Sen. Chuck Grassley on Friday called on the Justice Department to explain its decision to close an investigation into leaks of information about former national security adviser Michael Flynn with a finding of no wrongdoing on the part of Obama administration officials.
The New York Times reported Tuesday that federal prosecutors quietly closed a criminal probe into the leak of information to The Washington Post in 2017 regarding Flynn’s phone calls in December 2016 with then-Russian ambassador Sergey Kislyak.
According to The Times, prosecutors in the U.S. attorney’s office in Washington, D.C. who were investigating the leak found “no wrongdoing” on the part of Obama administration officials.
The investigation focused on leaks to Post columnist David Ignatius, who reported on Jan. 12, 2017, that Flynn had spoken with Kislyak, possibly about U.S. sanctions against Russia.
The newspaper published another article on Feb. 8, 2017 with additional details of Flynn’s conversation with Kislyak. It was later revealed that the FBI intercepted the phone call as part of routine surveillance on Kislyak.
It is not clear whether prosecutors identified the sources for the articles.
The Ignatius column set in motion a series of events that led the FBI to interview Flynn at the White House on Jan. 24, 2017. Flynn pleaded guilty on Dec. 1, 2017, to lying in the interview about his conversation with Kislyak. Flynn sought to rescind his guilty plea last year, saying that he did not intentionally lie during the interview.
Grassley, the chairman of the Senate Finance Committee, first pressed the Justice Department and FBI in 2017 for a transcript of Flynn’s calls with Kislyak, which were considered highly classified. The Iowa Republican also pushed for investigations into the leak.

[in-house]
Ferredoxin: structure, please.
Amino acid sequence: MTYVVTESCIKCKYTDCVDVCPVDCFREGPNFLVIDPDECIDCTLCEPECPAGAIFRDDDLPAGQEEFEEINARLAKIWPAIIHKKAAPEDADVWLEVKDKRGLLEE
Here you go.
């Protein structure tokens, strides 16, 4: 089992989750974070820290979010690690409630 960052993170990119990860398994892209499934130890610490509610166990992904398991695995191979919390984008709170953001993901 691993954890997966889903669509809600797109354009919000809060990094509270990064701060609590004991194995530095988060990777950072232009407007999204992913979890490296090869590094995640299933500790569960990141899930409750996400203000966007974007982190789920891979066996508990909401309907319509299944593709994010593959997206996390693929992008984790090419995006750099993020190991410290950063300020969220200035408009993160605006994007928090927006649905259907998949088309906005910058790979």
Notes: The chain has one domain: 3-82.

In a letter Friday to Monty Montgomery, the acting attorney general, Grassley asked that the Justice Department turn over all records related to the leak investigation by Feb. 5.
“Accordingly, it is clear that the information leaked to and published by the Washington Post on January 12, 2017, was sensitive information at that time and the leak was most likely designed to undermine the Trump administration in its first days,” Grassley said.
Grassley said that in light of The Times report, “the Department must update Congress on whether the reported finding that ‘no wrongdoing’ was identified is in fact true and accurate.”
“Time and again, we see examples of double standards when it comes to enforcing laws against mishandling classified information,” Grassley said in a statement.
“The transcripts of Lt. Gen. Flynn’s call with the Russian ambassador were classified, so how can leaks about them be ok?”
He said it was “especially concerning” that Congress has been “left in the dark” about the status of the investigation, while officials at the Department of Justice have leaked details of the leak probe to the media.
William Barr, the former attorney general, said in an interview last May that he thought the FBI set a “perjury trap” for Flynn, who received a pardon from President Donald Trump on Nov. 25.
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